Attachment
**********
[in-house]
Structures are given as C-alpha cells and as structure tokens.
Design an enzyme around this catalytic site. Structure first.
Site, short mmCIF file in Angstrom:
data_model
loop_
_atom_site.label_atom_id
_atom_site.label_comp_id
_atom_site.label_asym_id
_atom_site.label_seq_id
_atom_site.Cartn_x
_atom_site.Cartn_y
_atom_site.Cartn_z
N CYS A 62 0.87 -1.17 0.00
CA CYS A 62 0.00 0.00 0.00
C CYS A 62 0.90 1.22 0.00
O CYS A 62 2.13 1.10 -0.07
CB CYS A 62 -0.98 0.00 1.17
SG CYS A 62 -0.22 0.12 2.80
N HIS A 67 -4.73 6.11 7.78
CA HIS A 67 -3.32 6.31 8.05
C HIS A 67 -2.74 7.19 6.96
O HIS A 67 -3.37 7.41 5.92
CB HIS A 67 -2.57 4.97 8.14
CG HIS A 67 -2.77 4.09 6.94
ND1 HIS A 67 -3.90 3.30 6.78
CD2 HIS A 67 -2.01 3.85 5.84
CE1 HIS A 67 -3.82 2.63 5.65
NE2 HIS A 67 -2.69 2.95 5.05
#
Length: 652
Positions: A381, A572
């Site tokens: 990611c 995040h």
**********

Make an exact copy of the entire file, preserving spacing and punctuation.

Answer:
[in-house]
Structures are given as C-alpha cells and as structure tokens.
Design an enzyme around this catalytic site. Structure first.
Site, short mmCIF file in Angstrom:
data_model
loop_
_atom_site.label_atom_id
_atom_site.label_comp_id
_atom_site.label_asym_id
_atom_site.label_seq_id
_atom_site.Cartn_x
_atom_site.Cartn_y
_atom_site.Cartn_z
N CYS A 62 0.87 -1.17 0.00
CA CYS A 62 0.00 0.00 0.00
C CYS A 62 0.90 1.22 0.00
O CYS A 62 2.13 1.10 -0.07
CB CYS A 62 -0.98 0.00 1.17
SG CYS A 62 -0.22 0.12 2.80
N HIS A 67 -4.73 6.11 7.78
CA HIS A 67 -3.32 6.31 8.05
C HIS A 67 -2.74 7.19 6.96
O HIS A 67 -3.37 7.41 5.92
CB HIS A 67 -2.57 4.97 8.14
CG HIS A 67 -2.77 4.09 6.94
ND1 HIS A 67 -3.90 3.30 6.78
CD2 HIS A 67 -2.01 3.85 5.84
CE1 HIS A 67 -3.82 2.63 5.65
NE2 HIS A 67 -2.69 2.95 5.05
#
Length: 652
Positions: A381, A572
């Site tokens: 990611c 995040h």